In our multinational society, translations are an important part of life. Ideally, they enable different peoples, who have totally different ways of thinking, to connect together. But are translations always accurate?

The Parshah of Devarim (Deuteronomy 1:1–3:22), beginning the fifth and final book of the Torah, presents Moses giving talks to the Jewish people, explaining what the Torah is going to mean in their lives when they enter the Land of Israel. The sages tell us he did not only speak to them in Hebrew; he also translated the Torah into the seventy languages of the original seventy nations of the world.1.

This was opening the possibility for future translations of the Torah, as in our time, communicating aspects of Torah thought to very disparate kinds of people: men and women with different lifestyles, with different questions. The Torah has answers for them all, but these have to be translated in a way which they can understand.

Now, this is a sensitive and possibly dangerous process. A false phrase in the translation might lead a person in the wrong direction, with serious consequences. In fact, the sages were very anxious about an actual event in Second Temple times, when the Torah was translated into Greek. The Hellenistic king of Egypt was fascinated by the idea of the Torah, and ordered the sages to produce a translation. He was worried they might falsify something, so he made 72 sages sit in separate cubicles, so that each one would write an independent version. Miraculously, their translations tallied with each other, even when it came to delicate passages which could easily be misconstrued.2

Nonetheless, the later Jewish sages commented that the day the Torah was translated into Greek “was as difficult for the Jewish people as the day when the Golden Calf was made, because the Torah cannot really be translated.”3 What is meant by the comparison with the day the Golden Calf was made?

(Incidentally, the worship of the Golden Calf caused Moses to break the Tablets of the Law on the 17th of Tammuz, commemorated recently with a fast. This began the Three Weeks which culminate with the fast of the Ninth of Av, when both Temples were destroyed.)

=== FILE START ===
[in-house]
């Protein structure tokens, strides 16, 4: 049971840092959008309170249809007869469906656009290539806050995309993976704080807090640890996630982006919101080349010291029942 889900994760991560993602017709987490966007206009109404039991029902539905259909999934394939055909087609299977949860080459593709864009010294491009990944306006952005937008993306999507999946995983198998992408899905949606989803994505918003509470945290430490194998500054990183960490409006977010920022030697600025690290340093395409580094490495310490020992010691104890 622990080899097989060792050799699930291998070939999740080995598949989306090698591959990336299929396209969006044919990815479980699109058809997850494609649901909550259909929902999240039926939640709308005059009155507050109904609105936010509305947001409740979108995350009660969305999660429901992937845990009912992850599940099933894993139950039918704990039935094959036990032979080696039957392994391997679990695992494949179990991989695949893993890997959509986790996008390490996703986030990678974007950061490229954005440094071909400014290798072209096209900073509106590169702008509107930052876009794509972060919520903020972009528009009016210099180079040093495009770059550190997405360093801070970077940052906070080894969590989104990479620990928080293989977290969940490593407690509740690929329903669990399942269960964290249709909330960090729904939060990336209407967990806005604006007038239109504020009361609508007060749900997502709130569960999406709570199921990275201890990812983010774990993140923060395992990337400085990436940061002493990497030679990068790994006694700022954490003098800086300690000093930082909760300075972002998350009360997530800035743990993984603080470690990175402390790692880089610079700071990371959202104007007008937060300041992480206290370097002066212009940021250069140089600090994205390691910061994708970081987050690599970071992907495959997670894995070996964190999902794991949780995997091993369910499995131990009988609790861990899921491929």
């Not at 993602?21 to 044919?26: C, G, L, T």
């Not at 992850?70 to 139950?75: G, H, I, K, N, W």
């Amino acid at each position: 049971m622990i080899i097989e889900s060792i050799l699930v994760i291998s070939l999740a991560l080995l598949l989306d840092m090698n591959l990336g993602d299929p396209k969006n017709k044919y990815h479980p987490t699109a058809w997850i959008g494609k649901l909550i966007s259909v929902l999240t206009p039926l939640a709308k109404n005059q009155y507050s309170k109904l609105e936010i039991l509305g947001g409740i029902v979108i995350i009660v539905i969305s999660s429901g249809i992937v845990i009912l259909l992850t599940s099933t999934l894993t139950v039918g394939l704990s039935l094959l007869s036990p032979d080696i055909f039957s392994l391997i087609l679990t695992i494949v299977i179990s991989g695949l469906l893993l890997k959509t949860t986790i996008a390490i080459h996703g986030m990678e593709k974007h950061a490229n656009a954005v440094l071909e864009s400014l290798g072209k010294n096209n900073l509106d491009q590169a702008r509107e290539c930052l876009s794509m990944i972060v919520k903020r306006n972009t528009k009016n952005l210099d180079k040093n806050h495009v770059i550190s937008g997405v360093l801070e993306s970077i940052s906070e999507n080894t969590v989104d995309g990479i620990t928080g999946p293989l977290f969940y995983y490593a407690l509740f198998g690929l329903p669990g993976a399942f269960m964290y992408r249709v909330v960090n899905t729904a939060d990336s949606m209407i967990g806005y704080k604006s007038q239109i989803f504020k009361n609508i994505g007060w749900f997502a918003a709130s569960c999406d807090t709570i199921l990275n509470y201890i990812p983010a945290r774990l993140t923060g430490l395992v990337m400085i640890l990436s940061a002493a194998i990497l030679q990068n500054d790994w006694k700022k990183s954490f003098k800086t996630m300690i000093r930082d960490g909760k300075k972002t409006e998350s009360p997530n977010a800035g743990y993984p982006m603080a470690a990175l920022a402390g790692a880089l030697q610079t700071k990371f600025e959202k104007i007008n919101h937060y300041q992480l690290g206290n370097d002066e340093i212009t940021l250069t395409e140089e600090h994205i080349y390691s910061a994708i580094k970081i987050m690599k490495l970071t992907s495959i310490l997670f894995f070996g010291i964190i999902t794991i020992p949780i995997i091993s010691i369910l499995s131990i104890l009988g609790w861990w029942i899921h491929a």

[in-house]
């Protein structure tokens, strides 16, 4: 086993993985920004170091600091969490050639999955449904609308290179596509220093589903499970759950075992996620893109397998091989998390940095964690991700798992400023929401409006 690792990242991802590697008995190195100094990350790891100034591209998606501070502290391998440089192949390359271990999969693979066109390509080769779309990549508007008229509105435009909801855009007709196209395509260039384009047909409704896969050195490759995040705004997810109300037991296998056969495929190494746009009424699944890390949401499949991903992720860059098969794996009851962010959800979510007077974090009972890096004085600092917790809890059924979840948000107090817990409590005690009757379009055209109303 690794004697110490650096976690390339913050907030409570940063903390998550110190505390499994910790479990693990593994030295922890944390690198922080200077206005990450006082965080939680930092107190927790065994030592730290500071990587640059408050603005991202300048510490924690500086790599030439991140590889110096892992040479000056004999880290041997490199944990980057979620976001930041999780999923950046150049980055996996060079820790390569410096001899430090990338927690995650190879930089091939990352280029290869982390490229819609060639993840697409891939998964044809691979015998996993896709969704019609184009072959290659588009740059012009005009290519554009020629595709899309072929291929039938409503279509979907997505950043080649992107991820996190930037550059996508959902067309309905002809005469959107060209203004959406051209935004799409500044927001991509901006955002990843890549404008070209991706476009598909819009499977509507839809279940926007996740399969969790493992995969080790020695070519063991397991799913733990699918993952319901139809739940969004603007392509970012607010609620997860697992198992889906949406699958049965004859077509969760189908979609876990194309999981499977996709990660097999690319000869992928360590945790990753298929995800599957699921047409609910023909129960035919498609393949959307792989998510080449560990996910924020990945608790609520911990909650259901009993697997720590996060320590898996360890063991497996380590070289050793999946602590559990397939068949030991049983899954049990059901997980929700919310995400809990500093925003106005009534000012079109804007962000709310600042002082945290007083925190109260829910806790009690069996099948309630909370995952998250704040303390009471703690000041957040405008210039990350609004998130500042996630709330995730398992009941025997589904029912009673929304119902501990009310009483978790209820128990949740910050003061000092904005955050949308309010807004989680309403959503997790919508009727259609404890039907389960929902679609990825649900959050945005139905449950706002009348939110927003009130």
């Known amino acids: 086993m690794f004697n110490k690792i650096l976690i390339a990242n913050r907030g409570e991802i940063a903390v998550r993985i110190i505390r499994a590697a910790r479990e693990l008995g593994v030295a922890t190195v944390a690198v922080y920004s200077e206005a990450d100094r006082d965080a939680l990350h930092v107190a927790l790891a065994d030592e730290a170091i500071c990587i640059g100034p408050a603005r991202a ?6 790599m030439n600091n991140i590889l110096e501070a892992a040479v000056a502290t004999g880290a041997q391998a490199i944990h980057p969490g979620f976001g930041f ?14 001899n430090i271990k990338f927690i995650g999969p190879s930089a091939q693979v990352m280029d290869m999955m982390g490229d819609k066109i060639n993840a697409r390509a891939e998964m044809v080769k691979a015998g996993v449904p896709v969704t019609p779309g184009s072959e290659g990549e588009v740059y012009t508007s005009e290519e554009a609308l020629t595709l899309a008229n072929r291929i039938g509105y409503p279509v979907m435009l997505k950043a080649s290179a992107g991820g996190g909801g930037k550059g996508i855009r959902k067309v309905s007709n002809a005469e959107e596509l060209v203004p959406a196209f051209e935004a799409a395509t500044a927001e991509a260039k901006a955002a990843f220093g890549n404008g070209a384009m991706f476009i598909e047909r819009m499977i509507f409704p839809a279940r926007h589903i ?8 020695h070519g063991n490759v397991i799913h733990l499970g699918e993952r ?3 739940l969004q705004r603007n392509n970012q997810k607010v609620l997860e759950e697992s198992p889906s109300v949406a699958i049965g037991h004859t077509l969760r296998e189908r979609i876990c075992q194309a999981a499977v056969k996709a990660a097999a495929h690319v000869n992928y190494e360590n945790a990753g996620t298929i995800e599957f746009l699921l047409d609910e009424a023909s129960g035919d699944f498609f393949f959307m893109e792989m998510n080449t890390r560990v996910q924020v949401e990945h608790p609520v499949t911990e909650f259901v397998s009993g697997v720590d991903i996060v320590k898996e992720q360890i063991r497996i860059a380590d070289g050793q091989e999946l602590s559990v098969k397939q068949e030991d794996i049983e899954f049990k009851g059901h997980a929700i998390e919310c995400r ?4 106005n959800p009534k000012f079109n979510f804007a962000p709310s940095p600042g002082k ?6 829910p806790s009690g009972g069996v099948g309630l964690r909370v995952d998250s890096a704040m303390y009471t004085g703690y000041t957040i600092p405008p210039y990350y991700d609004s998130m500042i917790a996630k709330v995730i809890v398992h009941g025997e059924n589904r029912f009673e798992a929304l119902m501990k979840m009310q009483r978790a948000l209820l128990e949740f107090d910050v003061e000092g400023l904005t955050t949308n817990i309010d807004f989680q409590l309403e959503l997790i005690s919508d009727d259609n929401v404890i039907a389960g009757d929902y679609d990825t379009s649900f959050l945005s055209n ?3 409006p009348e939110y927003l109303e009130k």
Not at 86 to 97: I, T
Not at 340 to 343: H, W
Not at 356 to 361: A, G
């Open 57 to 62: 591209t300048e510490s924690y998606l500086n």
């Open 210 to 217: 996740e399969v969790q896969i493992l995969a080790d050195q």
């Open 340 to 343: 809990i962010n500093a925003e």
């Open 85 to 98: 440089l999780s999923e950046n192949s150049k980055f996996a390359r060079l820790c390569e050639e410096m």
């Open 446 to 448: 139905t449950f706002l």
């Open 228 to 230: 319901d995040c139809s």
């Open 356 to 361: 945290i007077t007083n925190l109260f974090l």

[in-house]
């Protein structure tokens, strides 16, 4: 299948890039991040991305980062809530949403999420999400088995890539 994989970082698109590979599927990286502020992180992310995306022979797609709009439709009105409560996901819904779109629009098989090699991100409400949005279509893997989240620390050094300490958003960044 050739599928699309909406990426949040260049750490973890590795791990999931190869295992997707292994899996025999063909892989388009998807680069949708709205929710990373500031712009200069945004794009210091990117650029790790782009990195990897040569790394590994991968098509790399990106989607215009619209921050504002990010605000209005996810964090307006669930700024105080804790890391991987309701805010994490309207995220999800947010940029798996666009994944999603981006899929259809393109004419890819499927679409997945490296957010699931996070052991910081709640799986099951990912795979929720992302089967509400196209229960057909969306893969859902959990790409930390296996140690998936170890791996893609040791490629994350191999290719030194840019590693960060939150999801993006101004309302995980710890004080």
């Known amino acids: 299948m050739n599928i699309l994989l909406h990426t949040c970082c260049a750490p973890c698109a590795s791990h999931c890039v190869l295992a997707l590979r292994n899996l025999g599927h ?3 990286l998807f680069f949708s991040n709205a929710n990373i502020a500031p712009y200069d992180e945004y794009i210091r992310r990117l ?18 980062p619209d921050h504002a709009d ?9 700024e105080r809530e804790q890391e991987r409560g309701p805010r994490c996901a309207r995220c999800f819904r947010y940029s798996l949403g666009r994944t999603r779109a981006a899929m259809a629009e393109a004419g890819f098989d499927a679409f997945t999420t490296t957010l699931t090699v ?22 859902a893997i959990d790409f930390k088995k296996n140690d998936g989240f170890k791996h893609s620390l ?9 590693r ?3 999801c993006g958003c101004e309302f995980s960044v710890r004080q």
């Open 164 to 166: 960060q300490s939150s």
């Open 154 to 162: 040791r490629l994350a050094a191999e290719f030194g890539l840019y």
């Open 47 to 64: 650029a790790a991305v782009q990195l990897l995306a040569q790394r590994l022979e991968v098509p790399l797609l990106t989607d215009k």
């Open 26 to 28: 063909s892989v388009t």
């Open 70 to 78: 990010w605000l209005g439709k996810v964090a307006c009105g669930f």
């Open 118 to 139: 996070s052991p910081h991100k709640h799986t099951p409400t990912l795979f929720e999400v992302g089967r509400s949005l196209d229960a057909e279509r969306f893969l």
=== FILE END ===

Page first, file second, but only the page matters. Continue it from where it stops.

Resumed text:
The sages were worried about a false translation of the Torah. In a sense, that is exactly what the Golden Calf was: a false translation of spirituality. The people wanted something spiritual which would be here, in our lower world. A true translation of holiness would be the Sanctuary, or the Temple. According to Nachmanides, the Golden Calf was actually intended to substitute for Moses. Moses’ role was to connect the Jewish people with G‑d. A false translation of this role was the Golden Calf: an idol, which would only separate people from G‑d.

However, ultimately the translation of the Torah into Greek had a positive effect: it communicated the Oneness of G‑d to all nations. Further, Moses’ translation of the Torah into the seventy languages was the key to the communication of Torah in our own time, to Jews all over the world.

The effect of this spread of Torah will eventually be the transformation of the sad day of the Ninth of Av into a joyous festival, with the rebuilding of the Temple in Jerusalem. This, at last, will be the true translation, translating sorrow into joy.